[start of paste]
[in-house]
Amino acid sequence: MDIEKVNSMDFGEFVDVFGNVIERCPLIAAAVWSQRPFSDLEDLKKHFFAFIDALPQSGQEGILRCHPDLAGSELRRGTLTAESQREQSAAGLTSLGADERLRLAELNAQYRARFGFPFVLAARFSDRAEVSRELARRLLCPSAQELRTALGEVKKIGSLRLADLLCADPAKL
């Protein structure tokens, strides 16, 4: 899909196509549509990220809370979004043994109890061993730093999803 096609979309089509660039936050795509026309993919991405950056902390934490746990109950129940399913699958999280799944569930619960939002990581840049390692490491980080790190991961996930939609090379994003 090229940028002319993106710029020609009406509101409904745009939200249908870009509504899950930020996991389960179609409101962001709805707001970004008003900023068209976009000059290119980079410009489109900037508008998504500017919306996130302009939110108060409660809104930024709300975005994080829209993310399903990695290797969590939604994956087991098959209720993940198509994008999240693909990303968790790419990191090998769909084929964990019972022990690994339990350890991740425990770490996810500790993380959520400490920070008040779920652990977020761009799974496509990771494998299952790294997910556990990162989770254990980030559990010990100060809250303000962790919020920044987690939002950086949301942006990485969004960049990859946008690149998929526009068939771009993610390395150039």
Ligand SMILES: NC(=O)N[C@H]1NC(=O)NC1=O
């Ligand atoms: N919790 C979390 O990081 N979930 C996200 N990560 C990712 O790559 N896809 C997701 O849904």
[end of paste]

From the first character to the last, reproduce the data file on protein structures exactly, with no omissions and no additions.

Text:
[in-house]
Amino acid sequence: MDIEKVNSMDFGEFVDVFGNVIERCPLIAAAVWSQRPFSDLEDLKKHFFAFIDALPQSGQEGILRCHPDLAGSELRRGTLTAESQREQSAAGLTSLGADERLRLAELNAQYRARFGFPFVLAARFSDRAEVSRELARRLLCPSAQELRTALGEVKKIGSLRLADLLCADPAKL
């Protein structure tokens, strides 16, 4: 899909196509549509990220809370979004043994109890061993730093999803 096609979309089509660039936050795509026309993919991405950056902390934490746990109950129940399913699958999280799944569930619960939002990581840049390692490491980080790190991961996930939609090379994003 090229940028002319993106710029020609009406509101409904745009939200249908870009509504899950930020996991389960179609409101962001709805707001970004008003900023068209976009000059290119980079410009489109900037508008998504500017919306996130302009939110108060409660809104930024709300975005994080829209993310399903990695290797969590939604994956087991098959209720993940198509994008999240693909990303968790790419990191090998769909084929964990019972022990690994339990350890991740425990770490996810500790993380959520400490920070008040779920652990977020761009799974496509990771494998299952790294997910556990990162989770254990980030559990010990100060809250303000962790919020920044987690939002950086949301942006990485969004960049990859946008690149998929526009068939771009993610390395150039």
Ligand SMILES: NC(=O)N[C@H]1NC(=O)NC1=O
């Ligand atoms: N919790 C979390 O990081 N979930 C996200 N990560 C990712 O790559 N896809 C997701 O849904």